Don't read too much into GOP's special election loss 

Democrats are already trying to spin their victory in the special election in western New York's 26th Congressional election as a broader repudiation of Rep. Paul Ryan's Medicare plan, but past special elections have not been all that predictive.

NY-26 should be a safe Republican district and seemed likely to remain in GOP hands after the seat was vacated by former Rep. Chris Lee after his Craigslist shirtless photo scandal. But tonight Democrat Kathy Hochul pulled off the victory, garnering 48 percent of the vote, to 43 percent for Republican Jane Corwin and 9 percent for Tea Party candidate (and once Democratic candidate) Jack Davis.

But in 2009 and 2010, Republicans had a string off losses in special elections that lead the media to question weather it bode poorly for their chances of retaking the House majority. For instance, "Dismal special election record could hamper Republicans' 2010 comeback" read a Hill headline in October 2009. After a Republicans lost a May 2010 special election to replace deceased Jack Murtha, the New York Times write a story headlined, "Democrats See Hope for Fall in Victory in House Race."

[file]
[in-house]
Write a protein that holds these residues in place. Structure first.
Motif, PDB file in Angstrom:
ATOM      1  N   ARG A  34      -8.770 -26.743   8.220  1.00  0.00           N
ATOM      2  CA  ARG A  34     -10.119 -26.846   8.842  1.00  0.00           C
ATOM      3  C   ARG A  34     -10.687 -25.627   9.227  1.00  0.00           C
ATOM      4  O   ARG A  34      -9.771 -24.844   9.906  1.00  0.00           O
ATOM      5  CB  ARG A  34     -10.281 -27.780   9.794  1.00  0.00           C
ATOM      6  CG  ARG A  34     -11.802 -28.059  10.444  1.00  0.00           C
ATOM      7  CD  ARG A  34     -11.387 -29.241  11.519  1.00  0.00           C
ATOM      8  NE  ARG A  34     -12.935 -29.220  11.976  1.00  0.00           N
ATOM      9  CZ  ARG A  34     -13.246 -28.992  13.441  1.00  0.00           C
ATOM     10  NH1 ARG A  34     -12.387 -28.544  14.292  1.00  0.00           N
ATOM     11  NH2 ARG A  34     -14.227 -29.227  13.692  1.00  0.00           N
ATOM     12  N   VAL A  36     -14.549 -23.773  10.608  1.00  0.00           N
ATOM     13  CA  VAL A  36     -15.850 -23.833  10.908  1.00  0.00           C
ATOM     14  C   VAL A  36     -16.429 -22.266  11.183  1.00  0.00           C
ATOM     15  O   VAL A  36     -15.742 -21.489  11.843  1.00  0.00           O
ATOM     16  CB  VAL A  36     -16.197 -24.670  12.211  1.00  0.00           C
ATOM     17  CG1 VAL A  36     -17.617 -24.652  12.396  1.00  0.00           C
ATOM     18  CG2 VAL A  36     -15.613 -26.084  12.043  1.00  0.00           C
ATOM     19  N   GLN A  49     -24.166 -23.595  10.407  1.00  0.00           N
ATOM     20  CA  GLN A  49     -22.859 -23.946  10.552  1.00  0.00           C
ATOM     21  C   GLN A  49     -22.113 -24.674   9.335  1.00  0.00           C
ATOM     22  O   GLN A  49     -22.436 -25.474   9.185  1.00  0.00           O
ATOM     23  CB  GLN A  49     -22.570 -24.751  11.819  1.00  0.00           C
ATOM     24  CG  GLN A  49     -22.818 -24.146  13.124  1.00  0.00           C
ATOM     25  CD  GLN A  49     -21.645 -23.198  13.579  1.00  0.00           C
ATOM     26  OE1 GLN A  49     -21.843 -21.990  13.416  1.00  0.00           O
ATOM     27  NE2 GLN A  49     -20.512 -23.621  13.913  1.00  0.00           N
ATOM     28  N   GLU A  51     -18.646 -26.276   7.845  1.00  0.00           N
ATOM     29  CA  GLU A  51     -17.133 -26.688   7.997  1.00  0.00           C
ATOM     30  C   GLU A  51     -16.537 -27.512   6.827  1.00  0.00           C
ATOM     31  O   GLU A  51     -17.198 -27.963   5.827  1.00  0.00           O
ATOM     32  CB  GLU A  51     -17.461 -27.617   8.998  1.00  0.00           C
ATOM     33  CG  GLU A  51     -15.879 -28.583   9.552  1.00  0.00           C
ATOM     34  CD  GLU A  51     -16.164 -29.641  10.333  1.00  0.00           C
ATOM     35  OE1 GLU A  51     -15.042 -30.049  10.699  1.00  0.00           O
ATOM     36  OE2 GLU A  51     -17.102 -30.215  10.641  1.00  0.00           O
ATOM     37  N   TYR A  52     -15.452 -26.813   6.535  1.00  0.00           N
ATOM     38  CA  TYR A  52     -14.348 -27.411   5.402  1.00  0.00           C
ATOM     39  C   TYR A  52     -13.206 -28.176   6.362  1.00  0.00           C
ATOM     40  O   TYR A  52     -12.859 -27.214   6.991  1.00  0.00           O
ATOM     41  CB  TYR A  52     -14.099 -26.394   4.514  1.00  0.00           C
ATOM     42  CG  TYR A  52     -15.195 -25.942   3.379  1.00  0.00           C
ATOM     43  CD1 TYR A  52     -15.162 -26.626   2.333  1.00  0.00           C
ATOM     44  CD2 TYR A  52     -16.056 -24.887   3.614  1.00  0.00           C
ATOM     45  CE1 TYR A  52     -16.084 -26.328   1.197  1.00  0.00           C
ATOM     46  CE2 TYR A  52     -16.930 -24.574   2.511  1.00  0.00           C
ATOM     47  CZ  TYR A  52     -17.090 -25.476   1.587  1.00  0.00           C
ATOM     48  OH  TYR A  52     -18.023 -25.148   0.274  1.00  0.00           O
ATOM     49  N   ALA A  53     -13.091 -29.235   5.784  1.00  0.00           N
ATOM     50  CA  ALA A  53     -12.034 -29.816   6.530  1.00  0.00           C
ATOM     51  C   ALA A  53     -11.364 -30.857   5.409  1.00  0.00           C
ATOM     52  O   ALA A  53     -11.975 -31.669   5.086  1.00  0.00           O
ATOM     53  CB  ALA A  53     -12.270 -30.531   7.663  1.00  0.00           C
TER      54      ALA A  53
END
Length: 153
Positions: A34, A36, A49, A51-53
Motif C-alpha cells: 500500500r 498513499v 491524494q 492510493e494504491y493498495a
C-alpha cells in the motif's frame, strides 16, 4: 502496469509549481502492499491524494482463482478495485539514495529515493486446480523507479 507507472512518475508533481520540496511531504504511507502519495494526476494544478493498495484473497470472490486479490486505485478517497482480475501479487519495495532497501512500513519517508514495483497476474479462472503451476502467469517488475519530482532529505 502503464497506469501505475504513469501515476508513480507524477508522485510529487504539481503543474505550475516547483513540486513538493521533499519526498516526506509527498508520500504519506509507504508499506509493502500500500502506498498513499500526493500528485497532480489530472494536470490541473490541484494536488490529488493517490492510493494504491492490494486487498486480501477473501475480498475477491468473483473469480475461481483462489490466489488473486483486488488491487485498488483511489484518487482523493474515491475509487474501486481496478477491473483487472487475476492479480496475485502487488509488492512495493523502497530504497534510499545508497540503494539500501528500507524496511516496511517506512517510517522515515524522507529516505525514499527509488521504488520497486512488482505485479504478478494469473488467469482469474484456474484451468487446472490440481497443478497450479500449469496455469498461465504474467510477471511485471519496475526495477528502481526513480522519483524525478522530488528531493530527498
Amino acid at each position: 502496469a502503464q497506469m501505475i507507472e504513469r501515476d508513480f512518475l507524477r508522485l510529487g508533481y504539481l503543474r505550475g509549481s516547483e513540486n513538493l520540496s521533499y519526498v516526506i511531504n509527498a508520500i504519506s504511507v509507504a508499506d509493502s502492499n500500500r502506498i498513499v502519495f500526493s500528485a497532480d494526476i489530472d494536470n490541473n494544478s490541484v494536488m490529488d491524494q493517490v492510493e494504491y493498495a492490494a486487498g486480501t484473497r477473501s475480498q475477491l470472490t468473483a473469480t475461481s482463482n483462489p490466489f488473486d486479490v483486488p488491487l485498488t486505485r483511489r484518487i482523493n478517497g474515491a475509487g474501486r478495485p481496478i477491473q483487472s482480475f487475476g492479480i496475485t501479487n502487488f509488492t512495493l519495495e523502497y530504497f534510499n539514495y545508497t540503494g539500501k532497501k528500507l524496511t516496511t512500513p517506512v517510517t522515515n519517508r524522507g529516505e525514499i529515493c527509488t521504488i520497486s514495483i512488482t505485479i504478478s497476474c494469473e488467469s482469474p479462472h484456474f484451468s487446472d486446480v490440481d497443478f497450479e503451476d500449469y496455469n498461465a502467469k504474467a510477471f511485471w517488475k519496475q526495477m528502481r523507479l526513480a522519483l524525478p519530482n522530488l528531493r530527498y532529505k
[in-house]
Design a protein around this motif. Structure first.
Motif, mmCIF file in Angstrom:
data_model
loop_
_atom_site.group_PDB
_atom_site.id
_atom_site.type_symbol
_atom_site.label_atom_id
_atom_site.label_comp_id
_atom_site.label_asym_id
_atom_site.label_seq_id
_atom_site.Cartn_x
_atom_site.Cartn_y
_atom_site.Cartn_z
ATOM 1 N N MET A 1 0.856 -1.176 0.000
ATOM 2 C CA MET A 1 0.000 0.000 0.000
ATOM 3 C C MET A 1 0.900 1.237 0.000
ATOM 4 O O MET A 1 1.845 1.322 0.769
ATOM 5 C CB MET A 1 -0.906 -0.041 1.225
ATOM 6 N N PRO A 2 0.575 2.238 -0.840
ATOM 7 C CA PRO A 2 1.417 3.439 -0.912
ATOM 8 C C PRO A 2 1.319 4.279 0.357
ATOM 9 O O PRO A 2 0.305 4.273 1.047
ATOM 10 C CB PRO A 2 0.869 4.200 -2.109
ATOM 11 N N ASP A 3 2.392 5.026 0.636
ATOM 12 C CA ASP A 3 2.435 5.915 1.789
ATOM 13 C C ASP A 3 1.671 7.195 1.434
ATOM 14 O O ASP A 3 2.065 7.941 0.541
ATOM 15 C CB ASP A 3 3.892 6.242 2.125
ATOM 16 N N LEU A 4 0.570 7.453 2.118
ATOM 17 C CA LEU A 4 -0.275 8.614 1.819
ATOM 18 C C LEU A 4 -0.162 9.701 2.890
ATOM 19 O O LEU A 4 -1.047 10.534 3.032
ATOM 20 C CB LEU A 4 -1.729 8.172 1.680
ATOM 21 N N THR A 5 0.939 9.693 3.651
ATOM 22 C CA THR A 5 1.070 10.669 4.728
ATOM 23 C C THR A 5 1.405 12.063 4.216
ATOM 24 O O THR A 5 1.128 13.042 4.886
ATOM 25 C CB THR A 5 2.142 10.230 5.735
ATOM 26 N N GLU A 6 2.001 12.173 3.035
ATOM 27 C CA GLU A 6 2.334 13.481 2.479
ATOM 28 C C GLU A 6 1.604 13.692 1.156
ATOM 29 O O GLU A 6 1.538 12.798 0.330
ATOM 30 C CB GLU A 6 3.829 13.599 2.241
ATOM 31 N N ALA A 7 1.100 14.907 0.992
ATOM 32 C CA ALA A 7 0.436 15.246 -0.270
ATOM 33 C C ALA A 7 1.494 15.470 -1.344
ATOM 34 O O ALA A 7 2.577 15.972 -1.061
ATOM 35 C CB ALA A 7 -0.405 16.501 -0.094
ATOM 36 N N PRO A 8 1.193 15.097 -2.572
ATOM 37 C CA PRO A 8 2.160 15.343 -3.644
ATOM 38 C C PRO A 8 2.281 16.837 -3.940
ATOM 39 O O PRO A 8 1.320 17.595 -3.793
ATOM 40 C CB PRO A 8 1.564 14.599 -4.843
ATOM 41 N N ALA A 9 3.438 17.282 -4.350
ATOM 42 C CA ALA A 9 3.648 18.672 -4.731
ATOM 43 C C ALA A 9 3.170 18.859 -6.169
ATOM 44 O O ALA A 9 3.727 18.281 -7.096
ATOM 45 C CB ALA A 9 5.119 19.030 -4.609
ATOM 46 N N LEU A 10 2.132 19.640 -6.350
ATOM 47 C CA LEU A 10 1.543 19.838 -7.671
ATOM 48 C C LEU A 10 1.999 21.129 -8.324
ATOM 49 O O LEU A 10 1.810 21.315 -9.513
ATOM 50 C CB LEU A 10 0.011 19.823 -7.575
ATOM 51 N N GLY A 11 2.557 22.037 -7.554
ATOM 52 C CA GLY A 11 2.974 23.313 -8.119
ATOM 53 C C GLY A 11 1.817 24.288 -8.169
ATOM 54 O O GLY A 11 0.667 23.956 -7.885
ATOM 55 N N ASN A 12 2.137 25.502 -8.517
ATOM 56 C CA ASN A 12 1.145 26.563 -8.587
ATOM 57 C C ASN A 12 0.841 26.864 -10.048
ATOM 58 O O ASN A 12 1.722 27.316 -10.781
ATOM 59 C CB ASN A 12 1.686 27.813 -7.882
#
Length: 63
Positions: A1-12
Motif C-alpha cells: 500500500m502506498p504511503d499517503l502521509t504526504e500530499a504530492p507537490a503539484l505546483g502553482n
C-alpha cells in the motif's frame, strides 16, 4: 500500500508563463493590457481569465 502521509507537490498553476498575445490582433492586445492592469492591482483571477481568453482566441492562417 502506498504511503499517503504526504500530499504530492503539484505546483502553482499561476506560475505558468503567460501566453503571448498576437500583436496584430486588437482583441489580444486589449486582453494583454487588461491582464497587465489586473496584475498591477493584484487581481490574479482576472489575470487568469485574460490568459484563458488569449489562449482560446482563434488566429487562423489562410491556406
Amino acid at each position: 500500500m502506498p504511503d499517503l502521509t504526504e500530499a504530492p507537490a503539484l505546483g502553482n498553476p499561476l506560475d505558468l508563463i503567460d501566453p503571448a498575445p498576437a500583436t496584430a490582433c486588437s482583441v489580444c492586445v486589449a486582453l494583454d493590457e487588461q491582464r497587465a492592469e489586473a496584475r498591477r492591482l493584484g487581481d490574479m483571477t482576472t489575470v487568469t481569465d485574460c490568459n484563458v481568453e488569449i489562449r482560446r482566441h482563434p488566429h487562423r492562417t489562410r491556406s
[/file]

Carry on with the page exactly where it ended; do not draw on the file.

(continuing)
Now, obviously, Medicare played a role in the New York special election, and there's no need for conservatives to dismiss the fact that it's a volatile issue. Perhaps Republicans can learn something from messaging failures in this election. But at the end of the day this is just one data point in a single Congressional district out of 435. So it would be silly for Republicans to panic suddenly flee from the Ryan plan.

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Philip Klein

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